In both rounds of the 1998 presidential elections, OSCE observers witnessed substantial irregularities. There were unusually high voter turnouts in certain areas, particularly in the second round, and these increases corresponded directly to high vote percentages for then-acting President Kocharian. Based on detailed analyses of the results tracked by observers in certain districts, it appeared that ballot box stuffing, discrepancies in vote counts, the presence of large numbers of unauthorized persons at polling stations, and other fraud practices perpetrated by local power structures inflated the number of votes for Kocharian by more than 100,000 votes in the second round. Kocharian won the second round by approximately 290,000 votes. Some military units were compelled to vote without exception for Kocharian, and officials used pressure to encourage a large turnout for the "official" candidate. There were no legal consequences for electoral fraud. The Government pursued only minor violations, and no penalties were announced. There was no criminal investigation of the amply documented ballot-box stuffing.
The 1999 parliamentary elections and several by-elections during 1999 and 2000 represented a step toward compliance with OSCE commitments, but still failed to meet international standards for free and fair elections. The OSCE's Office for Democratic Institutions and Human Rights (OSCE/ODIHR) observers voiced most concern over the poor quality of the voter lists, which were often outdated or inaccurate; mistakes in registration and voting by military personnel; problems in the formation of the election commissions and the status of their members; and the presence of unauthorized personnel in precincts during voting and counting procedures. Fourteen criminal cases related to parliamentary election fraud were still under investigation by the Procurator General's office in 2001. At year's end, four cases had not been resolved, three had been closed because the perpetrators appeared to be juveniles, six cases had been closed because the perpetrators agreed to pay compensation for damages, and one case went to court and ended in an administrative fine. However, a new case was opened with regard to the October 20 municipal elections, which remained pending at year's end. Nonetheless observers from OSCE/ODIHR categorized the 1999 Parliamentary elections as a step towards compliance with OSCE commitments, and noted improvements in the electoral framework and the rights of freedom of association, freedom of assembly, and freedom of expression. In many precincts, election officials, candidates' proxies, and domestic observers worked together to provide transparent voting and counting procedures.
The May 1999 elections took place under a new electoral code that represented an improvement compared with previous legislation and incorporated some recommendations of international organizations. For example, the code provides for the accreditation of domestic nonpartisan observers, and provides for the courts to address electoral complaints during the campaign rather than after results are announced.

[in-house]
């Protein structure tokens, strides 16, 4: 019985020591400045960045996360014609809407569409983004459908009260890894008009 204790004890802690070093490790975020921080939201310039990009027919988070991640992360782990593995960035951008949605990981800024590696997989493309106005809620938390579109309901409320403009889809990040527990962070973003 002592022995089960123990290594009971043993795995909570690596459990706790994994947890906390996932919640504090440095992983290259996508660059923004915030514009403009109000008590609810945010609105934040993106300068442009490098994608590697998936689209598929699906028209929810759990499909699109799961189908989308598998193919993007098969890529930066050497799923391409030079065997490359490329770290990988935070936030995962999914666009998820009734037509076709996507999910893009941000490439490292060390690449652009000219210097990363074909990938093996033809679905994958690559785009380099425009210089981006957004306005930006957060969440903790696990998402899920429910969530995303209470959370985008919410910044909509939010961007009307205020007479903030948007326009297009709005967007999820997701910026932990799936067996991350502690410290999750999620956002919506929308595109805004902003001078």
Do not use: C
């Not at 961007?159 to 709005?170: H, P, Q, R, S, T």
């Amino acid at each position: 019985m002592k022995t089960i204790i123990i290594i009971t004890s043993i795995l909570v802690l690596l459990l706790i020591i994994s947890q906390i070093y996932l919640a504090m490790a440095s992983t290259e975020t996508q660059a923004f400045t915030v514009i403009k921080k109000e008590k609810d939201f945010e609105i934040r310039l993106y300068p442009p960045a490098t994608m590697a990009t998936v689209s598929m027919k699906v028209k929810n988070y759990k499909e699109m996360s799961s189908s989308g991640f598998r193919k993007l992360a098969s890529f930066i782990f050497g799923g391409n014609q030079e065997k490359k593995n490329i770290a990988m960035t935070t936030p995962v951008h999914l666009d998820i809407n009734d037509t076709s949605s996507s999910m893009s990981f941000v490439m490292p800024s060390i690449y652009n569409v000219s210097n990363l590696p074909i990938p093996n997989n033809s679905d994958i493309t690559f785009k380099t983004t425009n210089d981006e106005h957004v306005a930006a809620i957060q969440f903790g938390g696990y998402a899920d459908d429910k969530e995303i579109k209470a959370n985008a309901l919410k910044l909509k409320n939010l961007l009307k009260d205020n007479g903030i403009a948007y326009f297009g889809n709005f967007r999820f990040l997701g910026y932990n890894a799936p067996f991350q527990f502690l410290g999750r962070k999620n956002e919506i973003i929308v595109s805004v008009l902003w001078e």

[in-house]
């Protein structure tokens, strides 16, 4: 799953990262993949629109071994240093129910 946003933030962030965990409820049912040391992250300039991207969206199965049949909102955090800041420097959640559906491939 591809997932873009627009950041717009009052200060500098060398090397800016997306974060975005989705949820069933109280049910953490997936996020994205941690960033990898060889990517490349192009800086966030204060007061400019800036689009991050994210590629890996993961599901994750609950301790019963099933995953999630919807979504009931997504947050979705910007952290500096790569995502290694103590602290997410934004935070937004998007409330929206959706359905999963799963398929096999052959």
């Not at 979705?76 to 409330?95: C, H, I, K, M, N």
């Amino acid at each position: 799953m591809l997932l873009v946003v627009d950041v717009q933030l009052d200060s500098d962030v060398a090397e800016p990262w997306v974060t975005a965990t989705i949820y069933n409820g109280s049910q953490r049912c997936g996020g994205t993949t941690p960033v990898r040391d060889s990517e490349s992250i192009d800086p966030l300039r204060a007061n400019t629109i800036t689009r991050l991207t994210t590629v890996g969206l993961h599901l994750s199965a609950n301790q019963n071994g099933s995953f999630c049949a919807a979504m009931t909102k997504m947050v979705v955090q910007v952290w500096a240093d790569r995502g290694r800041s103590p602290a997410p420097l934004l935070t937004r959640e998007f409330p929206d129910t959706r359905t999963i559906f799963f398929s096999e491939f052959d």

In a July 1999 by-election in Yerevan's Achapniak district, violence erupted when armed supporters of one of the candidates beat and opened fire on supporters of another candidate. The Central Elections Commission (CEC) suspended this vote and declared it invalid. A criminal investigation resulted in the arrest of 12 persons. According to the Procurator General's office, all 12 eventually went to prison for the Achapianak disturbances; of those, 8 were sentenced to two years each, while the remaining four got probationary terms of 16 to 20 months and were released on probation. Ten of these individuals were released under the June amnesty. The Achapniak by-election subsequently was held again – the two candidates involved in the altercation were removed from the ballot – and took place without incident.
Several Parliamentary by-elections were held during the year and in 2001. Most of the by-elections were carried out peacefully; however, after hearing extensive evidence about irregularities in Yerevan's Arabkir district, the Constitutional court ordered the cancellation of the results in the May 2000 by-election. The election was held again in July 2000, and a different candidate won. An appeal by the winner of the first election was considered but rejected in July 2000 by the CEC. Two by-elections for parliamentary seats held in May were peaceful according to observers; however, there continued to be problems with voter lists. The second-place finisher in a race in Lori province filed suit, alleging widespread confusion and fraud, and the court agreed and ordered the results voided and the race re-run. However, in the second round, only the winner of the first round registered, and he was declared the winner by default.